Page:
Research Interests
Environmental law and policy; energy and climate change law and policy; sustainable development and natural resource management law and policy; international law international maritime law and international relations

Maurits is currently acting chair of the Climate Strategies board. He was most recently Senior Policy officer at the Dutch Ministry of Economic Affairs until 2015 where he worked on the EU Energy & Climate 2030 package. He has also been involved from the year 2000 in developing the EU Emission Trading System (ETS) directive as representative of the Dutch Ministry of Economic Affairs. He was actively involved in the review of the EU ETS between 2008-2009.

Other experience:

  • member of the team that set up the renewable heat policy for the Netherlands
  • set up the first CO2 tender for Joint Implementation projects (ERUPT) in the Netherlands
  • member of the EU Economic Policy Committee working group on Climate and Energy
  • (2000-2010) member of the Dutch climate change delegation
  • participated in the International Energy Agency in-depth review of Belgium
  • Chair of the participant committee of the Prototype Carbon Fund (PCF) of the World Bank
  • member of the JI supervisory committee (JISC) of the UNFCCC.

Maurits Blanson Henkemans studied economics at Rotterdam University.

Thomas Brewer’s research focuses on the intersections of climate change issues with international trade, technology transfer and investment issues. His publications include numerous articles in the refereed journals. Climate Policy and Energy Policy, as well as chapters in books published by the Brookings Institution, Cambridge University Press, Oxford University Press and other leading publishers. He is the editor and author of the introduction to a symposium on the intersection of international trade issues and climate trade issues in the refereed journal The World Economy. He is completing a book on the political economy of US government, business and public responses to climate change issues. He is a Lead Author for the Fifth Assessment Review of the Inter-governmental Panel on Climate Change (IPCC) Working Group III, and a member of the Panel of Experts for the Environmental Assessment of the North American Free Trade Agreement. He also a Schöller Foundation Research Fellow at Friedrich-Alexander Universität Erlangen-Nürnberg in Germany, and a periodic Visiting Business Fellow at Oxford University’s Smith School of Enterprise and the Environment. He is an Associate Fellow of the Centre for European Policy Studies (CEPS) in Brussels, and an emeritus faculty member of Georgetown University in Washington, DC.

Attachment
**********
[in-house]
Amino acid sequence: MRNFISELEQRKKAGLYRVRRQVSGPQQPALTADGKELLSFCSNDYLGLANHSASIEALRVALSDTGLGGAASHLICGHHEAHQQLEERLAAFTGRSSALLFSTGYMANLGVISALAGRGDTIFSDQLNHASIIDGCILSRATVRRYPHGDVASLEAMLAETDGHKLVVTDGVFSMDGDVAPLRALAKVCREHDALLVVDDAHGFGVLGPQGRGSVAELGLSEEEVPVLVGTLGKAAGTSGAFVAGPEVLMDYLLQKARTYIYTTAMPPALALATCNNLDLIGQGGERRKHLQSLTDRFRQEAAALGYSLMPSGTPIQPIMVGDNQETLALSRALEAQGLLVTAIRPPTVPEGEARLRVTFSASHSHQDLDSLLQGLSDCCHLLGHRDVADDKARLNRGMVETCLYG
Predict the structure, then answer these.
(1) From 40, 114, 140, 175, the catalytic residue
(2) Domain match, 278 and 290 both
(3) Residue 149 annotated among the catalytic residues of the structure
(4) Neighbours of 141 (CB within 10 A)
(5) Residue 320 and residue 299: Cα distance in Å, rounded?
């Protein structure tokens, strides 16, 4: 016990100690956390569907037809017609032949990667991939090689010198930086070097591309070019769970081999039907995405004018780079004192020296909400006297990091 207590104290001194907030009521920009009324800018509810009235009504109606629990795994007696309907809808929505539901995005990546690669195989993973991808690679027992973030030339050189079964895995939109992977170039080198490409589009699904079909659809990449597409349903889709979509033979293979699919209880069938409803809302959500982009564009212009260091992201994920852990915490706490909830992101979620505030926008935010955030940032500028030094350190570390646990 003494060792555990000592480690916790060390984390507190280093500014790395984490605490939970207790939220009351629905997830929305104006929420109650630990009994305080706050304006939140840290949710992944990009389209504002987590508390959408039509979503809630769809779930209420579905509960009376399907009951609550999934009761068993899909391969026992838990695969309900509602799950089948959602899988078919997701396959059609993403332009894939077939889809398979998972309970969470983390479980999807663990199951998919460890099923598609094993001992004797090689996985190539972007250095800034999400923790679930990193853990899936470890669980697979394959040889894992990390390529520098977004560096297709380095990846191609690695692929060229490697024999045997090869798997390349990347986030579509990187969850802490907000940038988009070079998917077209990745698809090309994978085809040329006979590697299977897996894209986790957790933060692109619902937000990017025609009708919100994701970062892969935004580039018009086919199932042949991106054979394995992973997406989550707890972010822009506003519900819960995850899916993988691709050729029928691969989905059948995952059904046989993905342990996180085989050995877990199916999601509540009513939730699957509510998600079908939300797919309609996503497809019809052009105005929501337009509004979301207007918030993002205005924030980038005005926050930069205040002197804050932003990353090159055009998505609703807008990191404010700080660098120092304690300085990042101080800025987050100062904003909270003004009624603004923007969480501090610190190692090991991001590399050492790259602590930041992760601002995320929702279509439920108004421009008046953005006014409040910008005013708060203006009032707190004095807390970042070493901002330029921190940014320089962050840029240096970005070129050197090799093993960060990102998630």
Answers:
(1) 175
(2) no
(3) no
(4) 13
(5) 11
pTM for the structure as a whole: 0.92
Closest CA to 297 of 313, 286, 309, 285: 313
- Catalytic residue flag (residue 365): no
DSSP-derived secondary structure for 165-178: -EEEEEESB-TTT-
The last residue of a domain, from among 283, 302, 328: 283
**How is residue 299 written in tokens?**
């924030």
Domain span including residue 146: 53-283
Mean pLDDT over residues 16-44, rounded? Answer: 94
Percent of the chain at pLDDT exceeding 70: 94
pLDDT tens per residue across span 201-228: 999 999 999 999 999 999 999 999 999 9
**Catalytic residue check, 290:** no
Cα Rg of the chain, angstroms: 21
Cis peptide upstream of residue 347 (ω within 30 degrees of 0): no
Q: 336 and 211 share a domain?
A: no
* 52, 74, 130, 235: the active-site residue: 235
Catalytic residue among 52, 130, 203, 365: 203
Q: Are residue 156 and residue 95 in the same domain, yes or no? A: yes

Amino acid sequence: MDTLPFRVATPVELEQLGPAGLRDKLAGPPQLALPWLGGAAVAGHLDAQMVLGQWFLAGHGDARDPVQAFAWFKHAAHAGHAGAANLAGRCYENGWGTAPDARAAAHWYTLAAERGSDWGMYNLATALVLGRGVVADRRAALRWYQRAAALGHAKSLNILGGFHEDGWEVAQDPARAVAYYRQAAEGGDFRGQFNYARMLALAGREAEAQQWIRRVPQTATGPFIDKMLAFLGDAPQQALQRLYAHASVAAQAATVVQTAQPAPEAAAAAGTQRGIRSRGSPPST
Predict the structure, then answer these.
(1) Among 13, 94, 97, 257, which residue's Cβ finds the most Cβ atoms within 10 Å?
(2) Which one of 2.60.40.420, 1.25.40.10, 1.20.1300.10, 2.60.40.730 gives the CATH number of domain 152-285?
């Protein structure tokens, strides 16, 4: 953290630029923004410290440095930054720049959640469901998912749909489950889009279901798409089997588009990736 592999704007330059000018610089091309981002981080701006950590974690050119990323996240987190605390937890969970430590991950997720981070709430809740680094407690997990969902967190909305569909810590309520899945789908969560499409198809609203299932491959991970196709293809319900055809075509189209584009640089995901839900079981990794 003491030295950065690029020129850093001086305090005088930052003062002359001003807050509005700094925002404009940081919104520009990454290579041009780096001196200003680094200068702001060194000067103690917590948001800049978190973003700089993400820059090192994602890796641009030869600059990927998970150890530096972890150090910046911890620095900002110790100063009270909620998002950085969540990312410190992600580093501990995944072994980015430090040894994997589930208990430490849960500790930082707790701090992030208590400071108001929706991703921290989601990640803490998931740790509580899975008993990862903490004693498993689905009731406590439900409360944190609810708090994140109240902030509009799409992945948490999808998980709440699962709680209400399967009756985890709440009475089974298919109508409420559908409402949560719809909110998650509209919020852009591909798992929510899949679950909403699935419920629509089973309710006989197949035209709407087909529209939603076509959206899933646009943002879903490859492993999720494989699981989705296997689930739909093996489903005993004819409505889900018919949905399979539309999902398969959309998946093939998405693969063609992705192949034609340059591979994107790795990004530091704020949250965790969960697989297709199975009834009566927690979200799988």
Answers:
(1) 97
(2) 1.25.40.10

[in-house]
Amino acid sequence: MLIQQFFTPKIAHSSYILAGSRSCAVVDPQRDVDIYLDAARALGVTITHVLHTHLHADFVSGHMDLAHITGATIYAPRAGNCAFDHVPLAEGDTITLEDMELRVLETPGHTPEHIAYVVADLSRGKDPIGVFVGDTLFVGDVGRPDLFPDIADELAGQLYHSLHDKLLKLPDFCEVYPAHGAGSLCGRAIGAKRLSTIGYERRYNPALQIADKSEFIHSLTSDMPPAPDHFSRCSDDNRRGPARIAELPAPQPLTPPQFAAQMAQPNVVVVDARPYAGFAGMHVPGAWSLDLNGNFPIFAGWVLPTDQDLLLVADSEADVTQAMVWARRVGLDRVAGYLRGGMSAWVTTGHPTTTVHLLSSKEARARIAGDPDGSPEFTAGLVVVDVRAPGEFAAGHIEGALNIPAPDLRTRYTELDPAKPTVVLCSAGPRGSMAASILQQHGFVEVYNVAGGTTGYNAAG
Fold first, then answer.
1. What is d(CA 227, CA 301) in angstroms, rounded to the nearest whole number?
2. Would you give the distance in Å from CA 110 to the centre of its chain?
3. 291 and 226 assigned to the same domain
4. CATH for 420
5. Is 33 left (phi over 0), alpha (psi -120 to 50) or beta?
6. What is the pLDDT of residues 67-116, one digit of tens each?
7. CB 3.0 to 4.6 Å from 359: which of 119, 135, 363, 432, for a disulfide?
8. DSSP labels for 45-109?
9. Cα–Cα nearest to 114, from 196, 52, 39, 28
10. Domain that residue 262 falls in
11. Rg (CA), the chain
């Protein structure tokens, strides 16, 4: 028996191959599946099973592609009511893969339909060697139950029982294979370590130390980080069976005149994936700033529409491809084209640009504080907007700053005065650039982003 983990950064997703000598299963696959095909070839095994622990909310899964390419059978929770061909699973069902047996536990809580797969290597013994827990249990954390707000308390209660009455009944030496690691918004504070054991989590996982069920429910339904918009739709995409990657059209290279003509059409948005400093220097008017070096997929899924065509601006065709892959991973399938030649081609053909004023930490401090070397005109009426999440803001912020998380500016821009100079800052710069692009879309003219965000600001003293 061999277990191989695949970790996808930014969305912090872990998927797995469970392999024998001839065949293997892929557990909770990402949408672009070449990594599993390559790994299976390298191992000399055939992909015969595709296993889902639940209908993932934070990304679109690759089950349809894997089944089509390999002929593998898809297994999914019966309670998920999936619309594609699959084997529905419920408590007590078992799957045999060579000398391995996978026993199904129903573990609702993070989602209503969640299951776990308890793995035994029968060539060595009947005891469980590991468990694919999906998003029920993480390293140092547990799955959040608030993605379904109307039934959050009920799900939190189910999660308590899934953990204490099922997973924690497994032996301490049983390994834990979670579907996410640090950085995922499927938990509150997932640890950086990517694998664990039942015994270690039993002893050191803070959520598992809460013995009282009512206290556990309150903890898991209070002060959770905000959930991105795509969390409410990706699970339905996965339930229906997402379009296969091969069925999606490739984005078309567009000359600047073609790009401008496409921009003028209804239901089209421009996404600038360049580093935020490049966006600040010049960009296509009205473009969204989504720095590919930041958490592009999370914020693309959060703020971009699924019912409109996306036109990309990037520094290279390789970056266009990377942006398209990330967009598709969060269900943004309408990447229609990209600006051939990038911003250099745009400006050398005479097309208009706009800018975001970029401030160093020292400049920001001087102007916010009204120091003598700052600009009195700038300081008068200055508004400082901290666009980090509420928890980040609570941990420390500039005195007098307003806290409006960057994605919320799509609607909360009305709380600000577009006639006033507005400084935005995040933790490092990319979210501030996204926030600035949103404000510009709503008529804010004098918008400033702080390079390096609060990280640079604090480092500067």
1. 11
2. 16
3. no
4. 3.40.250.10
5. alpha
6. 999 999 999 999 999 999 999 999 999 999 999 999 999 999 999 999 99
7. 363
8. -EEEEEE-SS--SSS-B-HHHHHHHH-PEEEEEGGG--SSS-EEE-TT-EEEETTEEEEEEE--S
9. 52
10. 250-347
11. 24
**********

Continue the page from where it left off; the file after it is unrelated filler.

Maciej Bukowski has a PhD in Economics,  and is president of WiseEUROPA . In 2006-2013 President of Institute for Structural Research. Co-author of multiple Polish strategic documents, e.g. Hausner’s Plan, Poland 2030 – Development Challenges, Long-term National Development Strategy (Poland 2030 – Third wave of modernization). Project manager and author of various press commentaries and press articles regarding, among others, macroeconomics, energy policy, innovativeness, pension system and the labor market. – See more at: http://www.wise-institute.org.pl/en/aktualnosci.php?news=9&wid=65#sthash.Wzb0l3Y3.dpuf

Dr Rob Byrne is a lecturer in the Science Policy Research Unit (SPRU) at the University of Sussex. He convenes the Energy and Climate Change work of the Social, Technological and Environmental Pathways to Sustainability (STEPS) Centre, a collaboration between SPRU and the Institute of Development Studies, also at the University of Sussex. Rob represents Sussex on the management committee of the Low Carbon Energy for Development Network, which is an international network of academics, policy makers, practitioners and others active or interested in using low carbon energy sources for development. Rob is also a member of the Tyndall Centre for Climate Change Research.

Rob’s research and teaching are focussed on pro-poor and socially-just sustainability, primarily in developing-country contexts. His PhD analysed the evolution of the solar home system markets in Kenya and Tanzania, and Rob has continued to conduct research on solar in East Africa. He has also worked on other low carbon development research, including low carbon industrialisation in China. Rob is interested in how to harness low carbon technologies to achieve development goals, and what national and international policies can do to this end. In this regard, he has consulted for various bilateral and multilateral donors.